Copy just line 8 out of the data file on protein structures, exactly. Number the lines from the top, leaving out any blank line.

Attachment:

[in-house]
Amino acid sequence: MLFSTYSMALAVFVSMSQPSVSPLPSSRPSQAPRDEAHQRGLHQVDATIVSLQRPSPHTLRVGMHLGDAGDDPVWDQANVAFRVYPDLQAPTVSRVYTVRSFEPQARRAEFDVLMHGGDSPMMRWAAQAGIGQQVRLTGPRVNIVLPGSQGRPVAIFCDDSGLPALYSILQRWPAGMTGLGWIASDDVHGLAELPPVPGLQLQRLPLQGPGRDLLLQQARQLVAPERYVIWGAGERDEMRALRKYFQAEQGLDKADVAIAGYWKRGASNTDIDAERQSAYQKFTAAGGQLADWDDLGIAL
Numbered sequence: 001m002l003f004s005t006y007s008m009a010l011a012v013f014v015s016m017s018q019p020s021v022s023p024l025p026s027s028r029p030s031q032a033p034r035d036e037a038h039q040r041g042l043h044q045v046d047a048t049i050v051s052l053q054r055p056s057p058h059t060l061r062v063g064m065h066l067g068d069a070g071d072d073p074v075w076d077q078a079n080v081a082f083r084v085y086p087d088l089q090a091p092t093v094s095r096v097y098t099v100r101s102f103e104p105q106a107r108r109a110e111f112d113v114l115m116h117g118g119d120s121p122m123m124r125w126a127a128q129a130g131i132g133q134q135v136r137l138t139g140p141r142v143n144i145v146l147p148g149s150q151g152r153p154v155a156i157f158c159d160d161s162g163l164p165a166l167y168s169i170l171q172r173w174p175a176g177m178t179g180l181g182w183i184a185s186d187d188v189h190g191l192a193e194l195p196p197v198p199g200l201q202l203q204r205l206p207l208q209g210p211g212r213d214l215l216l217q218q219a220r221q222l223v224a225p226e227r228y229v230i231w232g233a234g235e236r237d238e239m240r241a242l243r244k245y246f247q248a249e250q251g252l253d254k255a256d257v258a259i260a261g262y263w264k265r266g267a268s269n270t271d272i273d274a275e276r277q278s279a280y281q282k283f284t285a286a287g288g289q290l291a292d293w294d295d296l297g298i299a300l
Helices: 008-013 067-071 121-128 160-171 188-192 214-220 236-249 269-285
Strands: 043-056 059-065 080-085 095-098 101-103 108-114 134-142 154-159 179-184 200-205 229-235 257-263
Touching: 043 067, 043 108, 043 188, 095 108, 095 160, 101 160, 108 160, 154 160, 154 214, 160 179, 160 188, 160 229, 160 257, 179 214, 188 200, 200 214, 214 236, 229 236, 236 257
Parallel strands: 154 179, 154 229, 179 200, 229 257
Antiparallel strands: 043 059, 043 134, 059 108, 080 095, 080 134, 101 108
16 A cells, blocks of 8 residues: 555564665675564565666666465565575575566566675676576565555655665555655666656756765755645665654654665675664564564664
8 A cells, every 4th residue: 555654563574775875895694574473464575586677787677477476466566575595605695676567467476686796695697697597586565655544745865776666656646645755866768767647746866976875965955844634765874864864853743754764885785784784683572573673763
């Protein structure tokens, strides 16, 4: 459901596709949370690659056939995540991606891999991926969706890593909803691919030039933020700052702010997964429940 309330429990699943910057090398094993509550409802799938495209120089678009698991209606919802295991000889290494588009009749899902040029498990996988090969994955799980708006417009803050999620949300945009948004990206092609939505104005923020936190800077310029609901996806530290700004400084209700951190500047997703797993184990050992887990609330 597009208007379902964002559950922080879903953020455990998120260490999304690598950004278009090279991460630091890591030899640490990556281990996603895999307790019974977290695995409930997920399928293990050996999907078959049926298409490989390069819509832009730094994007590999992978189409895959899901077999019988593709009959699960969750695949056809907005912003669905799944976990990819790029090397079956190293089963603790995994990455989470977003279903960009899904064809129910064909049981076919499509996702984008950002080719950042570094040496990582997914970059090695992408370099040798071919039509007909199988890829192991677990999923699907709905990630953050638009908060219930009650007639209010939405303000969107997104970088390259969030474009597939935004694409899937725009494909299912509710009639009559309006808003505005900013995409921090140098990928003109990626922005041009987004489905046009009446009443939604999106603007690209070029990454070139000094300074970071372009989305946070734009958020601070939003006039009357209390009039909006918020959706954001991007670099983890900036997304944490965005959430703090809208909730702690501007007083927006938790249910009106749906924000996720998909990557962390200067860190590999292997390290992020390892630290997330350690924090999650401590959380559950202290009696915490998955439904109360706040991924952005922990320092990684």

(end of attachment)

Antiparallel strands: 043 059, 043 134, 059 108, 080 095, 080 134, 101 108